If you are a frequent reviewer of dietary supplement labels, you have probably found that your speed and efficiency increase when you have your “tools” readily accessible. All the way back in 2014, we published the Part 1 to this article, and are finally making good on the Part 2. The previously named tools included 1) the regulations and guidance documents, 2) a calculator for percent Daily Values, and 3) the FDA Warning Letters published weekly. Here are three additional tools to use and where to get them.
Tool #4 – Herbs of Commerce
It is pretty tough to properly label botanical ingredients without this critical reference tool. In fact, 21 CFR 101.4(h) actually requires that the common or usual names of dietary ingredients that are botanicals (including fungi and algae) be consistent with the names standardized in Herbs of Commerce. It can be purchased through the American Herbal Products Association’s website here. You will be amazed to find how many “common” names used for botanicals are not technically appropriate for labeling.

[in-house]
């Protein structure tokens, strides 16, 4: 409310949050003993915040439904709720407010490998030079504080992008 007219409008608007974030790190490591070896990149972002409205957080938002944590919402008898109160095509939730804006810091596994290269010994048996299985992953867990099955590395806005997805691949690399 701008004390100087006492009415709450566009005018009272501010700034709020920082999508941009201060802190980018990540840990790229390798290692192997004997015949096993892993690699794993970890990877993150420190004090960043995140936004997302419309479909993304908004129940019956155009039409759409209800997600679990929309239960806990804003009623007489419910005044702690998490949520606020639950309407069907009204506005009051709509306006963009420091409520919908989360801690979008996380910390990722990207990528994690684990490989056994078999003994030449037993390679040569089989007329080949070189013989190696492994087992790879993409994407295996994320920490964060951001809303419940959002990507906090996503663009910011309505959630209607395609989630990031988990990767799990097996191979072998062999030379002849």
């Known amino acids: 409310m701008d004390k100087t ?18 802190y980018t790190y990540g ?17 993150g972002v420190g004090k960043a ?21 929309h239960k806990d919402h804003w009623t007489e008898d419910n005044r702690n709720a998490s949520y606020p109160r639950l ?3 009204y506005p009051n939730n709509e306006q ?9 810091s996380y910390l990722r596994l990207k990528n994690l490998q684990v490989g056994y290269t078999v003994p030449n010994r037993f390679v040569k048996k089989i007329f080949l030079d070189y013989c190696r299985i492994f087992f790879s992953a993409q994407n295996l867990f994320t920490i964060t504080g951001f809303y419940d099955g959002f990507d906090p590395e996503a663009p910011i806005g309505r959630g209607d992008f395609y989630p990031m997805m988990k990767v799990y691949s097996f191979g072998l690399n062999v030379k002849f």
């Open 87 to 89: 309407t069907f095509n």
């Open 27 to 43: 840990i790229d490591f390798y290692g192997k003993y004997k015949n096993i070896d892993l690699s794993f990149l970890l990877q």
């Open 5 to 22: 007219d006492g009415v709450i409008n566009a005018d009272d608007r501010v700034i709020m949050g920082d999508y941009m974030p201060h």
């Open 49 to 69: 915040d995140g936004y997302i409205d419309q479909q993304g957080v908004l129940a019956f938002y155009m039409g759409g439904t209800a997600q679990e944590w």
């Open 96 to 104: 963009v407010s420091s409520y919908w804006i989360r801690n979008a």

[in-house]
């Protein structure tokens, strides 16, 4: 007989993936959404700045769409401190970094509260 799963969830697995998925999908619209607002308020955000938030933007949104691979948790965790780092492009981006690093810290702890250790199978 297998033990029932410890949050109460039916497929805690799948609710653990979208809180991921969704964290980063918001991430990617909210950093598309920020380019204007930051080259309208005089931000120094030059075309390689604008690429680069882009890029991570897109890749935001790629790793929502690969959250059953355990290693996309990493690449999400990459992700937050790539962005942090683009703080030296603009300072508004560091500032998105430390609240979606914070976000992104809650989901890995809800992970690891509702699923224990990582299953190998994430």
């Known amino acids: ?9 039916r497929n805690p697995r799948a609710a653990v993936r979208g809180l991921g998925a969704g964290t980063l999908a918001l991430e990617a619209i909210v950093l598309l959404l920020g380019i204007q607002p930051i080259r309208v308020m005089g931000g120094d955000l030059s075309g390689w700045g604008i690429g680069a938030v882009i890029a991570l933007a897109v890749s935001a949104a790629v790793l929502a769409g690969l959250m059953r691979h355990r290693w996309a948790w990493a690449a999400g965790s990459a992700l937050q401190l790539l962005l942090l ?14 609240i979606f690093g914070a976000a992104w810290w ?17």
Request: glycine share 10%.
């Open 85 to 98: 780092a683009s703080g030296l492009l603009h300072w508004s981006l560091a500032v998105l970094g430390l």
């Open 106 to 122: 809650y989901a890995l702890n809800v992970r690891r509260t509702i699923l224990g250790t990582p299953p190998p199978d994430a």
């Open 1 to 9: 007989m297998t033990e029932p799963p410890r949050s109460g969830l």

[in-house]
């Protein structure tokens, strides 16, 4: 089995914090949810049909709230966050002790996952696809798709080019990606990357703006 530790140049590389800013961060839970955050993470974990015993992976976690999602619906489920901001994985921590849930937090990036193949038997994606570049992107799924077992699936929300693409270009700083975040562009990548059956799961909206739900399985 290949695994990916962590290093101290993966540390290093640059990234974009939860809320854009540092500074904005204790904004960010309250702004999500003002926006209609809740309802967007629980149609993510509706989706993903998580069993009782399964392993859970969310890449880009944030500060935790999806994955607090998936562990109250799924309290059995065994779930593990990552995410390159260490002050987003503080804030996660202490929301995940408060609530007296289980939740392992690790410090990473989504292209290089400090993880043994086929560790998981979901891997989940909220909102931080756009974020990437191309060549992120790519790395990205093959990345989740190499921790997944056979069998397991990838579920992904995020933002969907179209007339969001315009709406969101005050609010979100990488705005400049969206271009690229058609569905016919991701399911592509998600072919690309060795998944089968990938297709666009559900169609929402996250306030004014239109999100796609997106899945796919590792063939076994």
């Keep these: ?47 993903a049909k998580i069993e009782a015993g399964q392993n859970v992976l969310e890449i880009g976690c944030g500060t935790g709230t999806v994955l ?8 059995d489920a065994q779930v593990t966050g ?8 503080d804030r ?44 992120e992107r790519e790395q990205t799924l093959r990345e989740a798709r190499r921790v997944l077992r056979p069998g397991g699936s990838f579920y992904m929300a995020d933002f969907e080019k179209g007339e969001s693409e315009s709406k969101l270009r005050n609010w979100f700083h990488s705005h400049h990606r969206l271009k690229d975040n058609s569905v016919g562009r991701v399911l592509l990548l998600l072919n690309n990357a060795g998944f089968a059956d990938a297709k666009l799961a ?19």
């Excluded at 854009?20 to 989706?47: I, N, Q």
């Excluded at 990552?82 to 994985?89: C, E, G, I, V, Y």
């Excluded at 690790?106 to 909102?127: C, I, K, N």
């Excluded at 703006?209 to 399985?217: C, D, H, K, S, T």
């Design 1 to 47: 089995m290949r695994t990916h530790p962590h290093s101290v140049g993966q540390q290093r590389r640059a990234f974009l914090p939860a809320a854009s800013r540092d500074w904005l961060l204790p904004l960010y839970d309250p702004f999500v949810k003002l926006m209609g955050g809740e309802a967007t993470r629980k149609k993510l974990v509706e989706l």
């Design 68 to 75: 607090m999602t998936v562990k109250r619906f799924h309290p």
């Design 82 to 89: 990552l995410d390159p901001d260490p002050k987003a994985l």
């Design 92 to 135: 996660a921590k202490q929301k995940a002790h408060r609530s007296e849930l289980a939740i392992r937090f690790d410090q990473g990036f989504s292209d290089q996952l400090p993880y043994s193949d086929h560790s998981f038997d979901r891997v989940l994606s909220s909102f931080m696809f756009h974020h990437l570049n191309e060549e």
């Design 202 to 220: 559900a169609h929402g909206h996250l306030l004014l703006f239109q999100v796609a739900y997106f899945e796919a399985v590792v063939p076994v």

Tool #5 – FDA’s high-resolution Supplement Facts panel examples
We share the link to this tool with clients and designers maybe more than anything else. And while you must have some knowledge of required formatting and when and where to use certain formats, the FDA’s High-Resolution Examples of Different Supplement Facts Labels in the New Format is invaluable for quickly viewing a range of Supplement Facts panel types. This is a far safer model for your own labels than competitor labels!
Tool #6 – A (NEW!!) % Daily Value calculator
Although this is the same tool we recommended in the Part 1 of this article, enough time has passed that the labeling regulations have been changed, and with them came many new Daily Values and even units of measure. So once again, if you are currently using a regular calculator for determining your declarations, you are wasting far too much time. Using a program such as Microsoft Excel, you can create your own spreadsheet, where you can enter in the label values for nutrients and it will give you the percentages. A proper and efficient one will be built so that all of the nutrients are already in the order that they must be declared on the label, the correct nomenclature is used, the defined units of measure are used, and the numbers are automatically rounded to the nearest whole percentages. Not up to building one or just need a better one? Our newest version can be downloaded for a small fee here.